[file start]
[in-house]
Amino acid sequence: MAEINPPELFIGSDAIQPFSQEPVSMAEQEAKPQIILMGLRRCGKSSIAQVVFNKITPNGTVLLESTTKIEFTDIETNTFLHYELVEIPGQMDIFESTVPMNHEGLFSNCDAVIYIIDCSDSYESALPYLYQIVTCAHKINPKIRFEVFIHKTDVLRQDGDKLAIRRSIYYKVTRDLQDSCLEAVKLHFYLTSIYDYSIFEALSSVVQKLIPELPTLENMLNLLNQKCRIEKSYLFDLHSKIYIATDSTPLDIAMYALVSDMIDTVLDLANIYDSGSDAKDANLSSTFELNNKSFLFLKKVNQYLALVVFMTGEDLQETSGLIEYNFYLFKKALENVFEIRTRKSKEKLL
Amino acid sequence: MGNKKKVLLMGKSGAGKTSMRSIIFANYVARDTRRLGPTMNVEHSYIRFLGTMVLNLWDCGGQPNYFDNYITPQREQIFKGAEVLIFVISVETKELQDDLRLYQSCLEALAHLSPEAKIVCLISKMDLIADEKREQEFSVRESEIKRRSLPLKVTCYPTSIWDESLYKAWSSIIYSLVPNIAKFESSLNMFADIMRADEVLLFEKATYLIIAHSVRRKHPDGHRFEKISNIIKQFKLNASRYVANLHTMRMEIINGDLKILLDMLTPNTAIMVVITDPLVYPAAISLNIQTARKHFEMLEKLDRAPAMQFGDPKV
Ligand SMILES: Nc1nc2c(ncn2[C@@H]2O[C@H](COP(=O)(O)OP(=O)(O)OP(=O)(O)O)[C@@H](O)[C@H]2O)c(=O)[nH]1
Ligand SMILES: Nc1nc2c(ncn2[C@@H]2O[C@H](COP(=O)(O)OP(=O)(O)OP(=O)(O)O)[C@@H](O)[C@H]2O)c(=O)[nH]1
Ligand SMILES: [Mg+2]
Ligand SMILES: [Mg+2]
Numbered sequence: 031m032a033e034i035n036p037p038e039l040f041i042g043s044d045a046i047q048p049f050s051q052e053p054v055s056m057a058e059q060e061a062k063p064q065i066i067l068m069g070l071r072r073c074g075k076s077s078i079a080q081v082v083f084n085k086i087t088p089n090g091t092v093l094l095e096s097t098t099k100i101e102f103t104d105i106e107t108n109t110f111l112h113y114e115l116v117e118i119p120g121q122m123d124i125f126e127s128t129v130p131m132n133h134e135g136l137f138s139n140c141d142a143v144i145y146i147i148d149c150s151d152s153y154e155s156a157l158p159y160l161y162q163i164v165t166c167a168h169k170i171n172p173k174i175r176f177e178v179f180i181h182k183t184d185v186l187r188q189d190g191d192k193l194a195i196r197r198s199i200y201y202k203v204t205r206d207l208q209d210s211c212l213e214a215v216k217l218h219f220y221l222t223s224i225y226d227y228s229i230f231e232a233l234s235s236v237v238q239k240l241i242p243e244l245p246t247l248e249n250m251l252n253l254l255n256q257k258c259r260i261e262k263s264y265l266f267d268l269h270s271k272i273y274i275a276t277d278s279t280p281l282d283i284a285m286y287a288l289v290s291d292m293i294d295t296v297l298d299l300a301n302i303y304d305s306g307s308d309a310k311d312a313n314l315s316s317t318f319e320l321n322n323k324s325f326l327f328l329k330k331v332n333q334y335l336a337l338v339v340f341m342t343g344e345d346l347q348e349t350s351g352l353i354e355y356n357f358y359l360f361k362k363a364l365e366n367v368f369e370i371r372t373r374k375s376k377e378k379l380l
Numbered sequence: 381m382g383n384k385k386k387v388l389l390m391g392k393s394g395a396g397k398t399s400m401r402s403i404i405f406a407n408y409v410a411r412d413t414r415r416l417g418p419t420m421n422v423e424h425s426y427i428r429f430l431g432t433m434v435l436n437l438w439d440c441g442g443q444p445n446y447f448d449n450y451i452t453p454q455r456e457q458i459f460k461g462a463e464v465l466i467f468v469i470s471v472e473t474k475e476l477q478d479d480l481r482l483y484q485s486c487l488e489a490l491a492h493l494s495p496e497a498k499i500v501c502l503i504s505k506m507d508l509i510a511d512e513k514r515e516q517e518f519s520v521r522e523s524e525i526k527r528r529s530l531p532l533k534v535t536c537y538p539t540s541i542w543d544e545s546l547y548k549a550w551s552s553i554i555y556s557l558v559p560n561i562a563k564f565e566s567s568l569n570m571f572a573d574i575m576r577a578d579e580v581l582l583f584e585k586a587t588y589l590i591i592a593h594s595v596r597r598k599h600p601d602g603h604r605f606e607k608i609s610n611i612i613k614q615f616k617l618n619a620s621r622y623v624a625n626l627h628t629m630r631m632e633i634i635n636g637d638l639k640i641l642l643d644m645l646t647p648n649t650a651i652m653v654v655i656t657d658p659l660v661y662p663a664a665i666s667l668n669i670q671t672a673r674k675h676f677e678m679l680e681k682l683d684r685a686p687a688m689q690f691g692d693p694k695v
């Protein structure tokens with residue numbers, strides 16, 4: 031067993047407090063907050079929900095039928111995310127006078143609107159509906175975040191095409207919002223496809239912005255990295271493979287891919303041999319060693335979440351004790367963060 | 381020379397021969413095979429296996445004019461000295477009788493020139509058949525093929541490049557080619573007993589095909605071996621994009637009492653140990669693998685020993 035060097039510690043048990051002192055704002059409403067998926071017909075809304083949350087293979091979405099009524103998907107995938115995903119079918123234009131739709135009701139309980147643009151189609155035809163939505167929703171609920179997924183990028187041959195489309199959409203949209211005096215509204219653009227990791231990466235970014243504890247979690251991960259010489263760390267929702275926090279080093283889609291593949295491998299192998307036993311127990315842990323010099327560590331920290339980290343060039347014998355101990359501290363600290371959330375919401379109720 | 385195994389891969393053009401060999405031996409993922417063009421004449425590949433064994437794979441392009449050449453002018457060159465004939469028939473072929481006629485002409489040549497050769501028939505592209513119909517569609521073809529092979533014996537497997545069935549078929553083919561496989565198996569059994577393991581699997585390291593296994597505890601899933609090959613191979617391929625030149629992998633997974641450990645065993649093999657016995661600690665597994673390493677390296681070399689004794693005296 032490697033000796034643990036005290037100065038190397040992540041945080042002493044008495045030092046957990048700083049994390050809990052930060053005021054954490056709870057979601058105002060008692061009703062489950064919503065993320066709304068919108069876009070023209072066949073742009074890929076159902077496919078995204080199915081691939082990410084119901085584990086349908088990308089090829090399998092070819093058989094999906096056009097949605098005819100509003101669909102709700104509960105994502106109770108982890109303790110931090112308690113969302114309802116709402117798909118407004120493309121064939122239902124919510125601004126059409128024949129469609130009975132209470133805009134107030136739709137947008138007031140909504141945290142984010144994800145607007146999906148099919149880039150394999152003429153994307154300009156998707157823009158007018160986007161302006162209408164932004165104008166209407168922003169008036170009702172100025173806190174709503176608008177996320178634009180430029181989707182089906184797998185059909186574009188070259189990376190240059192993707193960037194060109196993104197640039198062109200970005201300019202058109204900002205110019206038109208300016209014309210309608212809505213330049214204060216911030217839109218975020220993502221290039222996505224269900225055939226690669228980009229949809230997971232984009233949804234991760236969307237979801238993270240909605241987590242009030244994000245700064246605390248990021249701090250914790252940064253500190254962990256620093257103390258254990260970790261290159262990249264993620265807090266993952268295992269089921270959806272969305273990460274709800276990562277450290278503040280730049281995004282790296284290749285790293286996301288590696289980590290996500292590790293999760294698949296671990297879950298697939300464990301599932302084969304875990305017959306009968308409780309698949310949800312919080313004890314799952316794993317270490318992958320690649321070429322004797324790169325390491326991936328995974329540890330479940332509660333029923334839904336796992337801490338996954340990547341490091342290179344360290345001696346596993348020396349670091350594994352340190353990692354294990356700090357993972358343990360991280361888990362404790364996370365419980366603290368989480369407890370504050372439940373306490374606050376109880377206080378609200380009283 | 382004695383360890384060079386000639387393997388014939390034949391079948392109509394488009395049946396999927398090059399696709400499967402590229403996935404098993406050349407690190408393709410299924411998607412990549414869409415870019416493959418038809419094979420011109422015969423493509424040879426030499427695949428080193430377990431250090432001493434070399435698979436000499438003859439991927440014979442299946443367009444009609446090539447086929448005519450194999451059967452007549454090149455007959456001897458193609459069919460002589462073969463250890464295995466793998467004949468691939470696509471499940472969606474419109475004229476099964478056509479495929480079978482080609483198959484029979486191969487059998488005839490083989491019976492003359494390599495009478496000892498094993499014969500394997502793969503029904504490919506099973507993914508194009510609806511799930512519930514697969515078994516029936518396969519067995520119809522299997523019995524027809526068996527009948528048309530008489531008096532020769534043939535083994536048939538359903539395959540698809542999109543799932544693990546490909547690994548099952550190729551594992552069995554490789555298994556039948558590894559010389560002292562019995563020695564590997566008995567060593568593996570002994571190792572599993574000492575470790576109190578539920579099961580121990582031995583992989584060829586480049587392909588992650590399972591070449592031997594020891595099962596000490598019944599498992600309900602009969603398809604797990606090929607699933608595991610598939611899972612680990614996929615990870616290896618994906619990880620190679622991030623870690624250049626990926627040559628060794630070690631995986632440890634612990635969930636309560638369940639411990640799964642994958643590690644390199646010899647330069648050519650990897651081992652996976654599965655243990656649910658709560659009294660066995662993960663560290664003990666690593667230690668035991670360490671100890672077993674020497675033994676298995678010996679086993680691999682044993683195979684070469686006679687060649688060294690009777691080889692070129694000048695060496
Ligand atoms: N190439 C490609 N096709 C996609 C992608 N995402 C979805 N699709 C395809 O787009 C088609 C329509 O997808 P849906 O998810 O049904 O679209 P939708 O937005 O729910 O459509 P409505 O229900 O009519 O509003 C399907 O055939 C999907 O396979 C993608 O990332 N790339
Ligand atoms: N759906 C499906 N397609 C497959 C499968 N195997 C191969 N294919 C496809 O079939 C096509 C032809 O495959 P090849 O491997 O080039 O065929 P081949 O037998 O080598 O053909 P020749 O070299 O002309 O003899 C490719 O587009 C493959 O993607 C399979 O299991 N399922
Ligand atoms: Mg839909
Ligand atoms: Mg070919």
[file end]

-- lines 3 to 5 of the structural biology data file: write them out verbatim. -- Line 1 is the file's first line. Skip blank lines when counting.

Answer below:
Amino acid sequence: MGNKKKVLLMGKSGAGKTSMRSIIFANYVARDTRRLGPTMNVEHSYIRFLGTMVLNLWDCGGQPNYFDNYITPQREQIFKGAEVLIFVISVETKELQDDLRLYQSCLEALAHLSPEAKIVCLISKMDLIADEKREQEFSVRESEIKRRSLPLKVTCYPTSIWDESLYKAWSSIIYSLVPNIAKFESSLNMFADIMRADEVLLFEKATYLIIAHSVRRKHPDGHRFEKISNIIKQFKLNASRYVANLHTMRMEIINGDLKILLDMLTPNTAIMVVITDPLVYPAAISLNIQTARKHFEMLEKLDRAPAMQFGDPKV
Ligand SMILES: Nc1nc2c(ncn2[C@@H]2O[C@H](COP(=O)(O)OP(=O)(O)OP(=O)(O)O)[C@@H](O)[C@H]2O)c(=O)[nH]1
Ligand SMILES: Nc1nc2c(ncn2[C@@H]2O[C@H](COP(=O)(O)OP(=O)(O)OP(=O)(O)O)[C@@H](O)[C@H]2O)c(=O)[nH]1